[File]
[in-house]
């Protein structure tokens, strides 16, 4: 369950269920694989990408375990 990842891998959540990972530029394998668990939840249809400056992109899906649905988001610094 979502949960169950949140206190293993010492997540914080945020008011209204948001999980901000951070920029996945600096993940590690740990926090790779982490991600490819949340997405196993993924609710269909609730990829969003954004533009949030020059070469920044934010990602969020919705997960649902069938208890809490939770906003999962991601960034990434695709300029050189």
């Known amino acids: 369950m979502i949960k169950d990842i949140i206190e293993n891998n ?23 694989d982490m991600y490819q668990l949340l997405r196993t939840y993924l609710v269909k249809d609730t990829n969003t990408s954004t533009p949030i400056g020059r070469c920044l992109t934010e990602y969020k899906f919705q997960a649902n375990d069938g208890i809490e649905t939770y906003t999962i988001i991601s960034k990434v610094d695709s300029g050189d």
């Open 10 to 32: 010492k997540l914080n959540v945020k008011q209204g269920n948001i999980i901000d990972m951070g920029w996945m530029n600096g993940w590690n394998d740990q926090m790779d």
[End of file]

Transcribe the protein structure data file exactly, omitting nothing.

[in-house]
């Protein structure tokens, strides 16, 4: 369950269920694989990408375990 990842891998959540990972530029394998668990939840249809400056992109899906649905988001610094 979502949960169950949140206190293993010492997540914080945020008011209204948001999980901000951070920029996945600096993940590690740990926090790779982490991600490819949340997405196993993924609710269909609730990829969003954004533009949030020059070469920044934010990602969020919705997960649902069938208890809490939770906003999962991601960034990434695709300029050189």
């Known amino acids: 369950m979502i949960k169950d990842i949140i206190e293993n891998n ?23 694989d982490m991600y490819q668990l949340l997405r196993t939840y993924l609710v269909k249809d609730t990829n969003t990408s954004t533009p949030i400056g020059r070469c920044l992109t934010e990602y969020k899906f919705q997960a649902n375990d069938g208890i809490e649905t939770y906003t999962i988001i991601s960034k990434v610094d695709s300029g050189d």
């Open 10 to 32: 010492k997540l914080n959540v945020k008011q209204g269920n948001i999980i901000d990972m951070g920029w996945m530029n600096g993940w590690n394998d740990q926090m790779d």